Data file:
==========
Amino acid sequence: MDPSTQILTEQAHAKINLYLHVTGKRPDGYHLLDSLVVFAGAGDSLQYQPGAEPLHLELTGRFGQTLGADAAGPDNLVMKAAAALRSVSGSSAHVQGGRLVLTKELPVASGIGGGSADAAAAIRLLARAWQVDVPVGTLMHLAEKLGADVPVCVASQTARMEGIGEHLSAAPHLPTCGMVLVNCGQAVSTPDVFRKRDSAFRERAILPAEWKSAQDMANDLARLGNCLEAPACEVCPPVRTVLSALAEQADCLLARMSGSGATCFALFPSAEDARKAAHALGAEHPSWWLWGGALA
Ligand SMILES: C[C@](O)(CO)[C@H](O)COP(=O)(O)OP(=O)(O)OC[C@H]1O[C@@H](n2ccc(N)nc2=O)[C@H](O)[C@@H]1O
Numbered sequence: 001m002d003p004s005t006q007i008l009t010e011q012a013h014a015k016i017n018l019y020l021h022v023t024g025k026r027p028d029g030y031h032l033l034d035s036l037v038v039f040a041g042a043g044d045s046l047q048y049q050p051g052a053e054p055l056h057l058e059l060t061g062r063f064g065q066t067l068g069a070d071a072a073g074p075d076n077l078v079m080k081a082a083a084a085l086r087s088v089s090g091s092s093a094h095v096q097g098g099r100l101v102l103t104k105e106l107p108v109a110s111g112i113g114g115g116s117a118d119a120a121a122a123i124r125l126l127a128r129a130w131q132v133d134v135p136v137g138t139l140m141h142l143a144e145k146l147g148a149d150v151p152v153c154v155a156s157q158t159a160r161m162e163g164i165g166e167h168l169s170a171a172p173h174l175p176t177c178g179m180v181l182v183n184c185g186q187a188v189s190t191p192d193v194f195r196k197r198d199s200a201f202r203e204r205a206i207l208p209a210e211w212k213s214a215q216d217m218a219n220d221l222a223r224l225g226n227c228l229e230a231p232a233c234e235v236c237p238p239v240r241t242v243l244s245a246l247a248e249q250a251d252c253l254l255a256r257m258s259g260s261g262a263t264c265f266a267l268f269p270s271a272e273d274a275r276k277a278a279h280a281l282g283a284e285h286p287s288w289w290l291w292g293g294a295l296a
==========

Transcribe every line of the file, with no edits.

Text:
Amino acid sequence: MDPSTQILTEQAHAKINLYLHVTGKRPDGYHLLDSLVVFAGAGDSLQYQPGAEPLHLELTGRFGQTLGADAAGPDNLVMKAAAALRSVSGSSAHVQGGRLVLTKELPVASGIGGGSADAAAAIRLLARAWQVDVPVGTLMHLAEKLGADVPVCVASQTARMEGIGEHLSAAPHLPTCGMVLVNCGQAVSTPDVFRKRDSAFRERAILPAEWKSAQDMANDLARLGNCLEAPACEVCPPVRTVLSALAEQADCLLARMSGSGATCFALFPSAEDARKAAHALGAEHPSWWLWGGALA
Ligand SMILES: C[C@](O)(CO)[C@H](O)COP(=O)(O)OP(=O)(O)OC[C@H]1O[C@@H](n2ccc(N)nc2=O)[C@H](O)[C@@H]1O
Numbered sequence: 001m002d003p004s005t006q007i008l009t010e011q012a013h014a015k016i017n018l019y020l021h022v023t024g025k026r027p028d029g030y031h032l033l034d035s036l037v038v039f040a041g042a043g044d045s046l047q048y049q050p051g052a053e054p055l056h057l058e059l060t061g062r063f064g065q066t067l068g069a070d071a072a073g074p075d076n077l078v079m080k081a082a083a084a085l086r087s088v089s090g091s092s093a094h095v096q097g098g099r100l101v102l103t104k105e106l107p108v109a110s111g112i113g114g115g116s117a118d119a120a121a122a123i124r125l126l127a128r129a130w131q132v133d134v135p136v137g138t139l140m141h142l143a144e145k146l147g148a149d150v151p152v153c154v155a156s157q158t159a160r161m162e163g164i165g166e167h168l169s170a171a172p173h174l175p176t177c178g179m180v181l182v183n184c185g186q187a188v189s190t191p192d193v194f195r196k197r198d199s200a201f202r203e204r205a206i207l208p209a210e211w212k213s214a215q216d217m218a219n220d221l222a223r224l225g226n227c228l229e230a231p232a233c234e235v236c237p238p239v240r241t242v243l244s245a246l247a248e249q250a251d252c253l254l255a256r257m258s259g260s261g262a263t264c265f266a267l268f269p270s271a272e273d274a275r276k277a278a279h280a281l282g283a284e285h286p287s288w289w290l291w292g293g294a295l296a